Security Leaders Call For A Balanced Solution
Defense Secretary Leon Panetta addressed the Senate Appropriations Subcommittee on Defense today with a clear message: “I don’t think we have to choose between our national security and our fiscal security.” Commitment to both those goals requires other tough choices. National security leaders from both parties have spoken out in recent weeks to say that those choices will have to include measured cuts, increases in revenue, and a commitment to U.S. infrastructure and economic strength that form the foundation of our national power. As a Council on Foreign Relations taskforce co-chaired by former Secretary of State Condoleezza Rice put it, “national security today is closely linked with human capital, and the human capital of a nation is as strong or as weak as its public schools.”
National security leaders call for balanced solution to sequester: prudent cuts and additional revenue. Yesterday, Chairman of the Senate Armed Services Committee Carl Levin (D-MI) explained, “Most of my colleagues — not all, but most of my colleagues in both parties see sequestration as a mindless kind of a threat to a sensible budgeting process, threat not just to important defense priorities, security priorities, but to a lot of other priorities of our nation, including education, including health care, transportation, environment and many other critically important challenges…We’ve got to make hard choices, and the only choice that really is an acceptable one, the correct one, and one which is politically feasible, is to have a balanced solution, a solution which includes additional spending cuts but prioritized, prudent. No area can be exempt. … [The question of additional revenue] is the real challenge… I believe, eventually, the Republicans are going to have to choose.” [Carl Levin, National Press Club, 6/12/12]
Bipartisan leaders recognize need for balanced approach. Senator Lindsey Graham (R-SC), a conservative, has recognized the need for a realistic approach. Yahoo! News reports, “Graham says the debt crisis is so severe that the [Norquist] tax pledge — which says no tax loopholes can be eliminated unless every dollar raised by closing loopholes goes to tax cuts — has got to go. ‘When you eliminate a deduction, it’s okay with me to use some of that money to get us out of debt. That’s where I disagree with the pledge,’ said Graham. The Americans for Tax Reform pledge commits signers to ‘oppose any and all efforts to increase the marginal income tax rates for individuals and/or businesses … and oppose any net reduction or elimination of deductions and credits, unless matched dollar for dollar by further reducing tax rates.’ Graham said eliminating some deductions should free up money to lower tax rates — but also to pay down U.S. debt. ‘I just think that makes a lot of sense. And if I’m willing to do that as a Republican, I’ve crossed a rubicon… We’re so far in debt, that if you don’t give up some ideological ground, the country sinks,’ said Graham.” Meanwhile, bipartisan think tanks – the Center for a New American Security and the Center for Strategic and International Studies – have both put out reports and blueprints for how strategic, careful management of the Pentagon budget can contribute further to deficit reduction. [Lindsey Graham via Yahoo!, 6/12/12. Winslow Wheeler, TIME, 6/13/12]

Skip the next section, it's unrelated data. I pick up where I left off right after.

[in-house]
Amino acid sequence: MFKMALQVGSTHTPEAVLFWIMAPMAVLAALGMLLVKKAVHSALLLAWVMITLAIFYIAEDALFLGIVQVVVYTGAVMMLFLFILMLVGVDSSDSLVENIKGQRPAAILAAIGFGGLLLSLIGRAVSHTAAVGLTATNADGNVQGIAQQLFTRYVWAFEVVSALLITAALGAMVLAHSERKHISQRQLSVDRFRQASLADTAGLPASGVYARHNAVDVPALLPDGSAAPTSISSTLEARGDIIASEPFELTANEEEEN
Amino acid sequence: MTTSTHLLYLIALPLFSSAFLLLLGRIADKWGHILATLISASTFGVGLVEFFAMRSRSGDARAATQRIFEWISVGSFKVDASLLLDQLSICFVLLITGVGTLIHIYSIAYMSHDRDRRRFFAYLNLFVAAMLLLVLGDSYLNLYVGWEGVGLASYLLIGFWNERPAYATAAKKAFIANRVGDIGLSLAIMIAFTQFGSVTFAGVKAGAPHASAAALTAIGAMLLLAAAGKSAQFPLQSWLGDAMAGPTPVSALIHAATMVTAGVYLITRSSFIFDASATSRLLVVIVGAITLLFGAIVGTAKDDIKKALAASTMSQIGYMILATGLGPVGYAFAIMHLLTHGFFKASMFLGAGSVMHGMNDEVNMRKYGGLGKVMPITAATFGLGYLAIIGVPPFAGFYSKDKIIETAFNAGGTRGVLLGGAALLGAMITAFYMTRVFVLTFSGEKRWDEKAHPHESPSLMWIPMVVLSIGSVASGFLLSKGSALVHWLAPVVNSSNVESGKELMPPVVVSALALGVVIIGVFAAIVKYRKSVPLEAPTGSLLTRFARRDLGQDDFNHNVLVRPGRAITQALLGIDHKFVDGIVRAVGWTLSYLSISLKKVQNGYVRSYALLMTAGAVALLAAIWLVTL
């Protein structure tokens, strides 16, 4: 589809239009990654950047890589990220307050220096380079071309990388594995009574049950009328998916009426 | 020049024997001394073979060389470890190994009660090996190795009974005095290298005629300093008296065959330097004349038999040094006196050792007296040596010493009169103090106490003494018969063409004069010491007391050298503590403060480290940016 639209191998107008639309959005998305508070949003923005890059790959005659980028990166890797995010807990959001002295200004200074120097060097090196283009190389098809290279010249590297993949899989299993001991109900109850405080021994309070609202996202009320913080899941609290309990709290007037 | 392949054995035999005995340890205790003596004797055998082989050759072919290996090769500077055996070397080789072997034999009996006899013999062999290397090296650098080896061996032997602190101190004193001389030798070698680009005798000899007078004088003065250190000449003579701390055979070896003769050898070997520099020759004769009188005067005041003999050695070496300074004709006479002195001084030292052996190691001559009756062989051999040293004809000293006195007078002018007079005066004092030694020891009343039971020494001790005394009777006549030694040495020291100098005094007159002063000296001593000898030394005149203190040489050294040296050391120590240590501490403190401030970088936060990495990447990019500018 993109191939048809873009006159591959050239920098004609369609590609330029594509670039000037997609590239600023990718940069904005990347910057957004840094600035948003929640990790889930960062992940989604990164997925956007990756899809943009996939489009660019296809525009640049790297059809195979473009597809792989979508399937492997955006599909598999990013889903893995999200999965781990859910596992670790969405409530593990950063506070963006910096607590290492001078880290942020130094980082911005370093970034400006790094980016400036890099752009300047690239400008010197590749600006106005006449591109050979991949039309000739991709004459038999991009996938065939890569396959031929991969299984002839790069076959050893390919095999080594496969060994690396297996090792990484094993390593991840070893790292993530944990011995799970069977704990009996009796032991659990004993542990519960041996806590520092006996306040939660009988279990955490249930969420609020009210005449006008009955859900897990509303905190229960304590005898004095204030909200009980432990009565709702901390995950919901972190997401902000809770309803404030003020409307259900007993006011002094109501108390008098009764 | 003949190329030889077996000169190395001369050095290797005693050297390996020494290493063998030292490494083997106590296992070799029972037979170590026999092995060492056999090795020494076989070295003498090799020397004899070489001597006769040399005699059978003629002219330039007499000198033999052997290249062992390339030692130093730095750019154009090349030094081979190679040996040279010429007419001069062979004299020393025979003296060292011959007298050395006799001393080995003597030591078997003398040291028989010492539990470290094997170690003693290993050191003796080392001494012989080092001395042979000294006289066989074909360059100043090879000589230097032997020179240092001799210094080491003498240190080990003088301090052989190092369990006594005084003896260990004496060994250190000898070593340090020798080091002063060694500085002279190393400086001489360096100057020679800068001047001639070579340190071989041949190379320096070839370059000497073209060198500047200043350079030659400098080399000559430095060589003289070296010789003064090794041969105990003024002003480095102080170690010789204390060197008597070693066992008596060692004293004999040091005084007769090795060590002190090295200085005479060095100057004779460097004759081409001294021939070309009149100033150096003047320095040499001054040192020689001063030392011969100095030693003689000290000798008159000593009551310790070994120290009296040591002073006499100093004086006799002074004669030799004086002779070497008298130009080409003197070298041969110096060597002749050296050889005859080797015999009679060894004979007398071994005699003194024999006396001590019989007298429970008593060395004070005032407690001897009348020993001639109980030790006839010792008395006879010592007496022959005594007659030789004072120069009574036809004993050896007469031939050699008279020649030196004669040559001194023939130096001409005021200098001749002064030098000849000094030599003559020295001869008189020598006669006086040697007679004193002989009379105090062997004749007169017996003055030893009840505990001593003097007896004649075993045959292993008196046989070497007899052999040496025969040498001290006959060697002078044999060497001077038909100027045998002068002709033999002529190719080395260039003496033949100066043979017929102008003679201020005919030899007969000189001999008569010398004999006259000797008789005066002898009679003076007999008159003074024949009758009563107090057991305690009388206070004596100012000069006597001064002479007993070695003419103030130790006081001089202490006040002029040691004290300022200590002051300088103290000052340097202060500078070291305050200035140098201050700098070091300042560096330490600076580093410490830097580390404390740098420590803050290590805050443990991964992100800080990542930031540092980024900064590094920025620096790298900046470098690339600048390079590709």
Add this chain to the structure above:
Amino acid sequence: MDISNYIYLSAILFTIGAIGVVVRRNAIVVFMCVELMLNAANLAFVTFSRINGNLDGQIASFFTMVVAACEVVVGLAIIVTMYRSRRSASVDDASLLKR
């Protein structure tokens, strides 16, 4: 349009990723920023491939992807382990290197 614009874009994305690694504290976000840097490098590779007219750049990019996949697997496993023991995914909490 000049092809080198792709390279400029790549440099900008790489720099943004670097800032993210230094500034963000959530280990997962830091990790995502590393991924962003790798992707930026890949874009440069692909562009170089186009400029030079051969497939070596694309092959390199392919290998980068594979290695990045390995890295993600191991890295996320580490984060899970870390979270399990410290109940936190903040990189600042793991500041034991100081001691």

National security leaders call for balanced approach:
General Martin Dempsey, Chairman of the Joint Chiefs of Staff: “What we’ve said to Congress … is in the interests of national security, they really ought to find some other way than sequestration to balance this budget, and it can’t all be balanced on our backs.” [Martin Dempsey, 3/10/12]
Ash Carter, deputy secretary of defense: “Sequester was supposed to be … a trigger so irrational that the prospect of it would … drive the leadership to do what was needed, which was to put together an overall budget package for the nation’s finances that could win wide support.”[Ash Carter via Washington Times, 5/30/12]